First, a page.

When researching this trail beforehand, what limited information I did find was unanimous that the trail was in horrible shape. It was overgrown and required scrambling on all fours to get past some of the steeper rocky crags. All I can say is those trail reports must have been a decade old because Big Butt Trail is now in amazing condition. We discovered via a sign strategically placed at one of the overlooks that this trail is maintained by the NC High Peaks Trail Association. They deserve every accolade in the book, several pats on the back, and the sincerest gratitude of anyone who hikes Big Butt now, or in the future.

The volunteer workers have constructed unbelievably well-done stairways that navigate those steep sections through the outcroppings and crags. The work had to have taken weeks, months, even years to complete. Stairs on other trails are placed just to help you ascend a steep pitch in the terrain with little thought to ease of use. Not so these. The stairs throughout the length of this trail were measured, precisely fitted, even turning corners and switchbacks with just the right amount of lift and separation. In addition, the brush and understory had recently been trimmed, making for a beautiful path. Well done volunteers!

I mentioned all the large rocks that the stairs climb through. As you make your way up to Point Misery, you’ll realize why the mountains along this ridge are called Little and Big Butt. The terrain is quite craggy, with fins and abutments, and well, yes, butts. The photo at the top of this post is a prime example of the terrain. Again, because of the damp nature of the forest, most of these outcroppings are covered with rock tripe, usually a good sign of a very healthy environment.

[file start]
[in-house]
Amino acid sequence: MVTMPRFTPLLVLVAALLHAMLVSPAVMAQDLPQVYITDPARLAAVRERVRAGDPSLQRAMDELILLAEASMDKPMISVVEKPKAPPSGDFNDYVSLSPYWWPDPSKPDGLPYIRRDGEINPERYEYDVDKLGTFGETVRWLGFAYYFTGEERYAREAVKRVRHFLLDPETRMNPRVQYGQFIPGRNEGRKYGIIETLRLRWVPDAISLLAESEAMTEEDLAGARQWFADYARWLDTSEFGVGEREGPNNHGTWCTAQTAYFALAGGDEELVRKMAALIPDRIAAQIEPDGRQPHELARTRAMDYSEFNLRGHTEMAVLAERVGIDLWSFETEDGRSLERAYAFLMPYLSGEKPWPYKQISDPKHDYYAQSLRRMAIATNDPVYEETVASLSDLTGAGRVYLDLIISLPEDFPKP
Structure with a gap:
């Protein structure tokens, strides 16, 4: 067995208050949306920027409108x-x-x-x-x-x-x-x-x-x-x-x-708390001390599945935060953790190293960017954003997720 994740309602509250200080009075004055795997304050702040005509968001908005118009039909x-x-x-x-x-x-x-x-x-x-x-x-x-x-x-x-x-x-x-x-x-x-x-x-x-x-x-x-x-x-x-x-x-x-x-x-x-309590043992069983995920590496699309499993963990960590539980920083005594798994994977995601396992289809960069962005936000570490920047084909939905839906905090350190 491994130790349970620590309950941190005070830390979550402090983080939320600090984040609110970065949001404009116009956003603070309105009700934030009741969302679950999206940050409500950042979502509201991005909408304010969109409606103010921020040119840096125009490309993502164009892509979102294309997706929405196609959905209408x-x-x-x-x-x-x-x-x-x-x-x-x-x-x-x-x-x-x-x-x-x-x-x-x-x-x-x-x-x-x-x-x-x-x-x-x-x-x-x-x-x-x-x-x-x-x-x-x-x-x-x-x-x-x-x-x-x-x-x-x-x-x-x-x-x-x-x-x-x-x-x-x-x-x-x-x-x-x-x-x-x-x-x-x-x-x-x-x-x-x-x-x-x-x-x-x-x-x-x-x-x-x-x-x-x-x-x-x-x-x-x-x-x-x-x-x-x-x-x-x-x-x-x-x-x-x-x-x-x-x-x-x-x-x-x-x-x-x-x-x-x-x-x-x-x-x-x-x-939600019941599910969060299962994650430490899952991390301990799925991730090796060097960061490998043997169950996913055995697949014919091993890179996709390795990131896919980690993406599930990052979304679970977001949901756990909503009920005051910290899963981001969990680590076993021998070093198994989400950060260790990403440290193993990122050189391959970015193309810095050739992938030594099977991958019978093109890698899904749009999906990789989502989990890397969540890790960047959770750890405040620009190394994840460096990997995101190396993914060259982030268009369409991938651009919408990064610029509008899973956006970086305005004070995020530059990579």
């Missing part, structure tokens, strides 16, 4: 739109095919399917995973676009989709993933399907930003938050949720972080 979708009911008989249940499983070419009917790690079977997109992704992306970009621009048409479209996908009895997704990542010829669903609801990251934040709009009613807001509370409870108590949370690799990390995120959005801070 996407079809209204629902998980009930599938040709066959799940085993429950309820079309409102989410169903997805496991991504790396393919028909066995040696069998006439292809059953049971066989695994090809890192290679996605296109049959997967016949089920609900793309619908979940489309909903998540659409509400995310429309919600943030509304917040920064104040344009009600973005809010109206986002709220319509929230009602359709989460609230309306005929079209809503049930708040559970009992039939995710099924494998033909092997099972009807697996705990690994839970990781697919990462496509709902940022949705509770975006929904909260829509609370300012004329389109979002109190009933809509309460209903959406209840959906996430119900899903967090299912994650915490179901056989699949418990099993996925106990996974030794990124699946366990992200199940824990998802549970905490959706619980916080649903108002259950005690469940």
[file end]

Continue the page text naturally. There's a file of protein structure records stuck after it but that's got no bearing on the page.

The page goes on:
Mushroom Community

After 1.6 miles we reached the summit of Point Misery, or at least the high point on the trail. We looked all over for a spur trail that would take us to an overlook, but nothing. So, being good Meanderthals, we started bushwhacking in the general direction of the true summit hoping to find a magnificent view of the Blacks Range. At least there used to be an overlook at Point Misery. Apparently not anymore. I lost my will to continue searching after catching a pine bough right in the eye. My companions did find the USGS marker and a flying squirrel box, but no overlooks. So onward we went.

The trail now makes a very steep descent down the north side of Point Misery employing more of those marvelous stairs constructed by the NC High Peaks folks, about 300 feet of elevation loss. Then, it’s right back up the south side of Little Butt, about the same amount of gain. At three miles we reached that elusive overlook we had been seeking, and had our first encounter with other hikers. Sitting on a perfectly placed outcropping enjoying the magnificent view of the Blacks and Mt. Mitchell State Park were a mom and her adult daughter.

Did I mention the view is magnificent? If you want to skip ahead to the pictures at the bottom, I’ll forgive you. While we took lots of photos and traded trail stories with our new hiking friends, we also munched on the luscious blueberries that were ripening along the edge of the outcrop. You can see the entire length of the Black Mountains Range from this vantage point. Additionally, you can peer down below to the hollows and drainages of the Big Tom Preserve. There’s a lot of water that drains off these 6,000 foot mountains. After a half hour of revery it was time to move on.